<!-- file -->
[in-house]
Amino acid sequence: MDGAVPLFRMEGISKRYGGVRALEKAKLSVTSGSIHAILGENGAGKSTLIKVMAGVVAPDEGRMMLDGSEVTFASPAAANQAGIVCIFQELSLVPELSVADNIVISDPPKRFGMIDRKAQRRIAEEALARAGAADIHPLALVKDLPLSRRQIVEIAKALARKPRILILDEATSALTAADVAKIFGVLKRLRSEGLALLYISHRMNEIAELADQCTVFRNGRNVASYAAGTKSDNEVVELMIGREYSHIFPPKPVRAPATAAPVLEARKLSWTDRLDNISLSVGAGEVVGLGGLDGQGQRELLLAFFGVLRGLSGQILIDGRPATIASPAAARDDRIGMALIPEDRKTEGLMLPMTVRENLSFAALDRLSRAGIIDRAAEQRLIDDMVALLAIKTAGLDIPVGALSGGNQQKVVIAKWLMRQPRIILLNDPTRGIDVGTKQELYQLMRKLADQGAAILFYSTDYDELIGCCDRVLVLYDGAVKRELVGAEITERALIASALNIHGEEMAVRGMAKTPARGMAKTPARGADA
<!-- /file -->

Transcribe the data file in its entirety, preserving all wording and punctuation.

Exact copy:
[in-house]
Amino acid sequence: MDGAVPLFRMEGISKRYGGVRALEKAKLSVTSGSIHAILGENGAGKSTLIKVMAGVVAPDEGRMMLDGSEVTFASPAAANQAGIVCIFQELSLVPELSVADNIVISDPPKRFGMIDRKAQRRIAEEALARAGAADIHPLALVKDLPLSRRQIVEIAKALARKPRILILDEATSALTAADVAKIFGVLKRLRSEGLALLYISHRMNEIAELADQCTVFRNGRNVASYAAGTKSDNEVVELMIGREYSHIFPPKPVRAPATAAPVLEARKLSWTDRLDNISLSVGAGEVVGLGGLDGQGQRELLLAFFGVLRGLSGQILIDGRPATIASPAAARDDRIGMALIPEDRKTEGLMLPMTVRENLSFAALDRLSRAGIIDRAAEQRLIDDMVALLAIKTAGLDIPVGALSGGNQQKVVIAKWLMRQPRIILLNDPTRGIDVGTKQELYQLMRKLADQGAAILFYSTDYDELIGCCDRVLVLYDGAVKRELVGAEITERALIASALNIHGEEMAVRGMAKTPARGMAKTPARGADA